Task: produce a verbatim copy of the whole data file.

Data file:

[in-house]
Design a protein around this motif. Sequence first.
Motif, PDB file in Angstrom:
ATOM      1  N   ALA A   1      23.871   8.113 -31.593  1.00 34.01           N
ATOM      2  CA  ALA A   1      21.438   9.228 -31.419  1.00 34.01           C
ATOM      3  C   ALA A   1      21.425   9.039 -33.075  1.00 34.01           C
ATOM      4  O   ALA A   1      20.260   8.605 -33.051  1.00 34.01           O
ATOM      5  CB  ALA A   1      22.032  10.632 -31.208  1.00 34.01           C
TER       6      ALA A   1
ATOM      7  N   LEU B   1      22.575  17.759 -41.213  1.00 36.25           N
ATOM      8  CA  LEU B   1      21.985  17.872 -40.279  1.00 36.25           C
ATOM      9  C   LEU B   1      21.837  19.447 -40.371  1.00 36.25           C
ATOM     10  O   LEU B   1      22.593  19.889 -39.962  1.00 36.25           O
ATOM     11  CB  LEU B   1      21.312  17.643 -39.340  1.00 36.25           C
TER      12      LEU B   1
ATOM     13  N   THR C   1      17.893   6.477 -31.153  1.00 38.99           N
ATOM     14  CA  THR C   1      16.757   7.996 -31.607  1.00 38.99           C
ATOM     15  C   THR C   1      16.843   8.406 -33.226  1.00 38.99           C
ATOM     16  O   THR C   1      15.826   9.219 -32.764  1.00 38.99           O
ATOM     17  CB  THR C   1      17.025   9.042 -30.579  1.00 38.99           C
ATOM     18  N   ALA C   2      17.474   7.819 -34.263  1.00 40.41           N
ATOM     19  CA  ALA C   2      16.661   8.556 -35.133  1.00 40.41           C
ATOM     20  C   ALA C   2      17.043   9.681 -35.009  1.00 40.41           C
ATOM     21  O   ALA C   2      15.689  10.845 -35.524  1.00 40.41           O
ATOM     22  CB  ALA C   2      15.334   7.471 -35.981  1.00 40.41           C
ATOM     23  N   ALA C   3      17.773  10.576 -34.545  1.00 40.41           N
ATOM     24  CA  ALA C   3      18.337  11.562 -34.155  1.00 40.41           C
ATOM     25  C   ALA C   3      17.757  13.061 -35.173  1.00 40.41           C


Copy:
[in-house]
Design a protein around this motif. Sequence first.
Motif, PDB file in Angstrom:
ATOM      1  N   ALA A   1      23.871   8.113 -31.593  1.00 34.01           N
ATOM      2  CA  ALA A   1      21.438   9.228 -31.419  1.00 34.01           C
ATOM      3  C   ALA A   1      21.425   9.039 -33.075  1.00 34.01           C
ATOM      4  O   ALA A   1      20.260   8.605 -33.051  1.00 34.01           O
ATOM      5  CB  ALA A   1      22.032  10.632 -31.208  1.00 34.01           C
TER       6      ALA A   1
ATOM      7  N   LEU B   1      22.575  17.759 -41.213  1.00 36.25           N
ATOM      8  CA  LEU B   1      21.985  17.872 -40.279  1.00 36.25           C
ATOM      9  C   LEU B   1      21.837  19.447 -40.371  1.00 36.25           C
ATOM     10  O   LEU B   1      22.593  19.889 -39.962  1.00 36.25           O
ATOM     11  CB  LEU B   1      21.312  17.643 -39.340  1.00 36.25           C
TER      12      LEU B   1
ATOM     13  N   THR C   1      17.893   6.477 -31.153  1.00 38.99           N
ATOM     14  CA  THR C   1      16.757   7.996 -31.607  1.00 38.99           C
ATOM     15  C   THR C   1      16.843   8.406 -33.226  1.00 38.99           C
ATOM     16  O   THR C   1      15.826   9.219 -32.764  1.00 38.99           O
ATOM     17  CB  THR C   1      17.025   9.042 -30.579  1.00 38.99           C
ATOM     18  N   ALA C   2      17.474   7.819 -34.263  1.00 40.41           N
ATOM     19  CA  ALA C   2      16.661   8.556 -35.133  1.00 40.41           C
ATOM     20  C   ALA C   2      17.043   9.681 -35.009  1.00 40.41           C
ATOM     21  O   ALA C   2      15.689  10.845 -35.524  1.00 40.41           O
ATOM     22  CB  ALA C   2      15.334   7.471 -35.981  1.00 40.41           C
ATOM     23  N   ALA C   3      17.773  10.576 -34.545  1.00 40.41           N
ATOM     24  CA  ALA C   3      18.337  11.562 -34.155  1.00 40.41           C
ATOM     25  C   ALA C   3      17.757  13.061 -35.173  1.00 40.41           C